Bulldogs still fund-raising for proposed batting cage
Wednesday morning, with a look outside and a quick glance at the weather forecast, Marlboro County High baseball coach Phillip Blue knew that afternoon practice was in jeopardy.
“We ended up getting some work done in the gym, but the most important aspect from an offensive standpoint is batting practice, which we couldn't do. Because of the weather, we are a day behind,” said Blue.
He has hopes, that in the future, a little rain won’t set his team back in preparation for the season.
What might change this, possibly as soon as next season, is a covered batting cage. Basically, it is just a 32'x 80' roof over the existing batting area, which is down the third base line, behind the Bulldogs’ dugout.
“It would be huge for our program and for our softball program. Three of the four other schools in our new region already have covered batting cages. Lakewood, Crestwood and Hartsville in our old region have them, so to keep pace with our top competition, it would be a great asset,” said Blue.
Blue first began investigating the possibility almost two years ago. After talking to several other coaches, he was confident that he could get the building constructed for under $20,000. He began fund raising with that number in mind.
Tragically, in November of 2015, one of the Bulldogs' most promising young players died in a four-wheeler accident. William Rogers had been a standout for the junior varsity team and played some on the varsity as just an eighth grader. He was looking forward to being a varsity regular as a freshman.
“William was such a fantastic young guy. He never missed a workout or any chance to improve as a ballplayer. He was an excellent student and just a good all-around young man,” said Blue. “His loss hit the whole community but really impacted our baseball players.”
The idea of naming the covered batting facility for Rogers was put forward and Blue embraced it quickly as a way of keeping the memory of the young player alive for the Bulldogs for years to come.
Several large donations came in as memorials. After a fund raiser pushed the account set aside for the project to over $20,000, the coach thought construction was ready to begin. However, hurdle after hurdle has gotten in the way.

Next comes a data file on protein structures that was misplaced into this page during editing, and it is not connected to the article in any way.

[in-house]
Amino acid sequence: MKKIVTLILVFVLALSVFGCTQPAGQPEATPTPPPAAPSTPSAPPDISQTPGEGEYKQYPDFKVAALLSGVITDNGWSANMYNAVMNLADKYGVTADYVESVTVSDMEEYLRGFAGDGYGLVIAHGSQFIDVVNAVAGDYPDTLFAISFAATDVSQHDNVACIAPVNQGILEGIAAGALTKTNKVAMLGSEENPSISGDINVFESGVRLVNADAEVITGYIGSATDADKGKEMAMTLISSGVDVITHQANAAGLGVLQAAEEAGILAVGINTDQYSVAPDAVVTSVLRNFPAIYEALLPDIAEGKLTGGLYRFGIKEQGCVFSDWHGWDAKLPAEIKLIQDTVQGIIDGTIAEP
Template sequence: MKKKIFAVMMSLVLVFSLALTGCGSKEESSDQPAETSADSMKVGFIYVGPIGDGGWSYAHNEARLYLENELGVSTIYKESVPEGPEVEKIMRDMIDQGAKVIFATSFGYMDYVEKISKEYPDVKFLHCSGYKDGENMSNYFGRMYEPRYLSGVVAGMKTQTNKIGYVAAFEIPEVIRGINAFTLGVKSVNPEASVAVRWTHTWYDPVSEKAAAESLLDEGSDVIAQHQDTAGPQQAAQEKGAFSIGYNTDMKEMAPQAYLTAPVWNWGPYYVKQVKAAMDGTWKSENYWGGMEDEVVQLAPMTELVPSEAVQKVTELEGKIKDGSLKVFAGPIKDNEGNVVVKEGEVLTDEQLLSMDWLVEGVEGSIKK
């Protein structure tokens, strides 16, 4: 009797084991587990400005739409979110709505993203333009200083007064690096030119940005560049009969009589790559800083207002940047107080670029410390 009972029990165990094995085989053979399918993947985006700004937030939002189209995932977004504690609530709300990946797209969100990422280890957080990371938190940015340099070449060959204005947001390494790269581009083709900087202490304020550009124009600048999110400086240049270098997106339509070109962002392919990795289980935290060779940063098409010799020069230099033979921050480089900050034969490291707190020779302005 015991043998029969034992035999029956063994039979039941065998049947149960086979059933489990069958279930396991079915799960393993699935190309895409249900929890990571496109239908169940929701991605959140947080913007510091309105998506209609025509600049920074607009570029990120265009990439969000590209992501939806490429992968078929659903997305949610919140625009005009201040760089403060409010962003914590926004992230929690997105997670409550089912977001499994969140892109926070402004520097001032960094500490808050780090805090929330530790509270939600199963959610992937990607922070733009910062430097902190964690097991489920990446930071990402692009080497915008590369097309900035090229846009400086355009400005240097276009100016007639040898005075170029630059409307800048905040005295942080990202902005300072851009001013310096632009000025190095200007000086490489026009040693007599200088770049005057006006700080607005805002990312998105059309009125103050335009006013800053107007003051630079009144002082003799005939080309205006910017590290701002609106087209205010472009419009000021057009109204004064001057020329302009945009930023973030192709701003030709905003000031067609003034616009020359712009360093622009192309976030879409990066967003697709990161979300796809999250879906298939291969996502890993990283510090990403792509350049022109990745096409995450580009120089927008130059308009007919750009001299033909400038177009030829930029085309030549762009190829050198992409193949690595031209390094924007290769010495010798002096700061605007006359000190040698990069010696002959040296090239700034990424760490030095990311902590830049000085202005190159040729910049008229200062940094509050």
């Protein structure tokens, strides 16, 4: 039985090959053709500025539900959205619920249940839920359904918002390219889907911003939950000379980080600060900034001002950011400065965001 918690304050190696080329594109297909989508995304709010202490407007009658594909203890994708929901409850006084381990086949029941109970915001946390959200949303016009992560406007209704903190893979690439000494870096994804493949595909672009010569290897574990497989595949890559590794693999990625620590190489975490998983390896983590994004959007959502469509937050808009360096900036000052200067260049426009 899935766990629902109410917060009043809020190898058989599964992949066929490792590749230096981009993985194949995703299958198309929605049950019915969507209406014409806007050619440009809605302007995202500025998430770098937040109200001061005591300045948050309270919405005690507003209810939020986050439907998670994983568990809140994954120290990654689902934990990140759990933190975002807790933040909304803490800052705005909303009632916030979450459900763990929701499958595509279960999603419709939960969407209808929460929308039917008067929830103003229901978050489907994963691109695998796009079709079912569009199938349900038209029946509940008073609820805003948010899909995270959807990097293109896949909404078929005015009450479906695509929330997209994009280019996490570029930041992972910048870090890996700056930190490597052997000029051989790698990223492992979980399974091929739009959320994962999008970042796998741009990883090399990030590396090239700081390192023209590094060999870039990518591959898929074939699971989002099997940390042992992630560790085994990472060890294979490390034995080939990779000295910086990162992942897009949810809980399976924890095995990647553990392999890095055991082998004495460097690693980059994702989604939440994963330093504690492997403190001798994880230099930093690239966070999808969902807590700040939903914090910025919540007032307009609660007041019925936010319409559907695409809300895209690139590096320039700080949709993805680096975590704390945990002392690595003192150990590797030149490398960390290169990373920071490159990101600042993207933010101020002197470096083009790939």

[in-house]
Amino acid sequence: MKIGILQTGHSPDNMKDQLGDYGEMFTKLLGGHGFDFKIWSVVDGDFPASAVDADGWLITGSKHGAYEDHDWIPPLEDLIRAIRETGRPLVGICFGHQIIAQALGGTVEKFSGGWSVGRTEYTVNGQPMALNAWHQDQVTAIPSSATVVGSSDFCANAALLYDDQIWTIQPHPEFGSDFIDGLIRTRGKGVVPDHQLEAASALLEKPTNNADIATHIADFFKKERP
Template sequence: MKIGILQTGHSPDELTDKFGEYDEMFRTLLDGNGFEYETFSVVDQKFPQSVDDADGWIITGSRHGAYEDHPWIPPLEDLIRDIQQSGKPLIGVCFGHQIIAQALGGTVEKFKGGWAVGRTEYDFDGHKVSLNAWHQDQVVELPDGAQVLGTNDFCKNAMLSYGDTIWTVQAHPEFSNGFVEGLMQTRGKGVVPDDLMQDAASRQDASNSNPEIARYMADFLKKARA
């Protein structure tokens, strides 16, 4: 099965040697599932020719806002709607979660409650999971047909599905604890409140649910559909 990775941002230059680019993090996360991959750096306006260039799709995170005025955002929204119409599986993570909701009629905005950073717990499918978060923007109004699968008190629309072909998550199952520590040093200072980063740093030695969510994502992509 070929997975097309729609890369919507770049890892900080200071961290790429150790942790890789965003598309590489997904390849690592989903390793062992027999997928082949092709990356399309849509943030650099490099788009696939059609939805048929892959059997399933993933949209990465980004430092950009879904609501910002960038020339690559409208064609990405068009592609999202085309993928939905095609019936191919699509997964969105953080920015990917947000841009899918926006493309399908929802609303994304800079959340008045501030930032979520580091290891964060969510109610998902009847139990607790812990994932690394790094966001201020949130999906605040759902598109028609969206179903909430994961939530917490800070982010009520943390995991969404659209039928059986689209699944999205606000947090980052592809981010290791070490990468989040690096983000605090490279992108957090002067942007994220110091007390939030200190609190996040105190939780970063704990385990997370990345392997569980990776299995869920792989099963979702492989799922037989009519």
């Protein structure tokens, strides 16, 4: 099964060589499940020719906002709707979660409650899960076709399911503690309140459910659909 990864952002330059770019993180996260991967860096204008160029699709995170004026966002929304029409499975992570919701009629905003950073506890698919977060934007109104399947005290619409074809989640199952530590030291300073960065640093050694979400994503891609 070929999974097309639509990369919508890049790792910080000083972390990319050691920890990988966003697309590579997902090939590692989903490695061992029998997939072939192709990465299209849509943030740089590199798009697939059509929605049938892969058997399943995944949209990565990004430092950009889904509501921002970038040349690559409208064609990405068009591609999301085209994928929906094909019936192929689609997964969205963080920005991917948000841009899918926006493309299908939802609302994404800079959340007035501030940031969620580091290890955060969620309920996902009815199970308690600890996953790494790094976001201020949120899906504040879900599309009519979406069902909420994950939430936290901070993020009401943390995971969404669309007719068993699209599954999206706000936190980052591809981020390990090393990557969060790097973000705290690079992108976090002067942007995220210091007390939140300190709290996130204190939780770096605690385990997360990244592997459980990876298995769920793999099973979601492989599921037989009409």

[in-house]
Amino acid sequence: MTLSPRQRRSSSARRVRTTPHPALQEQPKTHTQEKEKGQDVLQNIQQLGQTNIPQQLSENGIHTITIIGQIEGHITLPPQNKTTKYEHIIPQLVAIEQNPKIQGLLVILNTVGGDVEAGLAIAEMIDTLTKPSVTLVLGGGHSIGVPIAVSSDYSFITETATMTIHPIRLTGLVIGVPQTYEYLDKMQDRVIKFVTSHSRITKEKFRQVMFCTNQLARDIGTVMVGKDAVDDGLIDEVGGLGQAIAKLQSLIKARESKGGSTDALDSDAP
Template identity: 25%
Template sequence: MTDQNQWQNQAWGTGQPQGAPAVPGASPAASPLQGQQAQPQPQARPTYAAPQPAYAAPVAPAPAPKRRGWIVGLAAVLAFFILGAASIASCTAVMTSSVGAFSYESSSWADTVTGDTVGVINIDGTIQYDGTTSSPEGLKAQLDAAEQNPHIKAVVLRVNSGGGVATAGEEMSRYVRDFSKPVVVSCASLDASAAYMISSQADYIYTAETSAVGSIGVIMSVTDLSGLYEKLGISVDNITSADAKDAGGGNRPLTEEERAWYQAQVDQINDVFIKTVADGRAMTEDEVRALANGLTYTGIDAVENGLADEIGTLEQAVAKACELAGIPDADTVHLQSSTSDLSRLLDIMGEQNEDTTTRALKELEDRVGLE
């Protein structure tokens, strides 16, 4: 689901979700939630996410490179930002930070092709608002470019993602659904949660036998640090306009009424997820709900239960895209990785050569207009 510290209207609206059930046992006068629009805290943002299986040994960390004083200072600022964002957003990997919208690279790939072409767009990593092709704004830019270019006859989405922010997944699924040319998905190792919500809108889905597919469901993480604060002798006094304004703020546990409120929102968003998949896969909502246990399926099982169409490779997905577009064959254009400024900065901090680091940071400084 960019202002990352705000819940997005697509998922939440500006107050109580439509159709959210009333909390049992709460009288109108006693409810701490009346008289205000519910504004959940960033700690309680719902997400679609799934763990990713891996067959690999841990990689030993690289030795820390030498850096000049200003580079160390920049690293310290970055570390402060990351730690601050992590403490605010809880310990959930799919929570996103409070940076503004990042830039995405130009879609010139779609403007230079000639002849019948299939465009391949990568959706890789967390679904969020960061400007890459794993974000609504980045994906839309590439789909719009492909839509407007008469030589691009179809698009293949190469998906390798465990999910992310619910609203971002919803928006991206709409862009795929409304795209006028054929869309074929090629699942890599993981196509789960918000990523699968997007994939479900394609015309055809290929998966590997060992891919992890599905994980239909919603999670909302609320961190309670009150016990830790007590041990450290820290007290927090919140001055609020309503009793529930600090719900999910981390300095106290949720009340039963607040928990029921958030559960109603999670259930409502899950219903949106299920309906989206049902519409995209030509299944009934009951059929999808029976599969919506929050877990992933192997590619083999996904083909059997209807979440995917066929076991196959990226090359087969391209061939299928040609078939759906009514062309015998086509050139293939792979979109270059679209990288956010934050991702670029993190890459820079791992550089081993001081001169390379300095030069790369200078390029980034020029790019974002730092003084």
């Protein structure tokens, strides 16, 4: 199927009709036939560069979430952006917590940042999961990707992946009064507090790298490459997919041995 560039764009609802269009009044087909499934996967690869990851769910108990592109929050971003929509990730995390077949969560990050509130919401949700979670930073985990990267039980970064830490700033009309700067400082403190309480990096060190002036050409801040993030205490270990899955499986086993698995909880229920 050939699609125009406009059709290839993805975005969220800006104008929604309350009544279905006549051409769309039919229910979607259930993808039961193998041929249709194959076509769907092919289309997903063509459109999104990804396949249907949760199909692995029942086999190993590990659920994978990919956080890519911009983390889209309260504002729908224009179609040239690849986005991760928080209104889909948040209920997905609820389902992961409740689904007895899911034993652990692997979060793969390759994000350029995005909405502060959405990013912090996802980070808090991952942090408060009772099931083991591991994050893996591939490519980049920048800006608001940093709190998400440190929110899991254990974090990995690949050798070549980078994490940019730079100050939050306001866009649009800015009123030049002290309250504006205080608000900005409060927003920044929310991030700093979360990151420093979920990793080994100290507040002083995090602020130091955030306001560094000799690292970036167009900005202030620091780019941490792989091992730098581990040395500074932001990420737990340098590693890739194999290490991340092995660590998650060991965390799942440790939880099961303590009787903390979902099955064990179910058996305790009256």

“I figured that the structure would fall under the state codes for school construction. That proved to be the case, which, of course, drives the price up substantially,” said Marlboro County athletic director Dean Boyd. “We started dipping further into the booster club funds and other athletic accounts and got the total up to $35,000.”
The state standards have to be followed to cover the school for safety and liability reasons. Boyd knows that some schools do not go by the codes, saving great initial expense, but that is a risk that he isn't willing to take.
"I know of numerous instances where the state forced schools to tear down structures that were erected outside of the codes. In those cases, the schools lost any investment they had made," said Boyd.
"If I was to build a covered batting cage at my back yard, I'm sure it could be done for under $20,000 but I would be assuming that liability. Schools can't afford to do that," he said.
After getting bids from approved builders, the athletic department found that they still have considerable fund raising to do. The lowest bid was $59,000.
"There was some sticker-shock when we got the final price. Still, this is something that our kids need to be competitive in softball and baseball and we are committed to finding the money," said Boyd.
Blue and Boyd are looking for donations to help get construction started, hopefully by this summer.
"Any amount that someone might could give would be greatly appreciated. It will be helping our athletes for years to come and honoring the memory of one who was very special to this community," said Boyd.
To make a donation, mail a check to: William Rogers Batting Facility, c/o Marlboro County High Athletic Department, 951 Fayetteville Avenue, Bennettsville, SC 29512.
For any questions or to learn more about the project, call coach Boyd at 843-535-1053.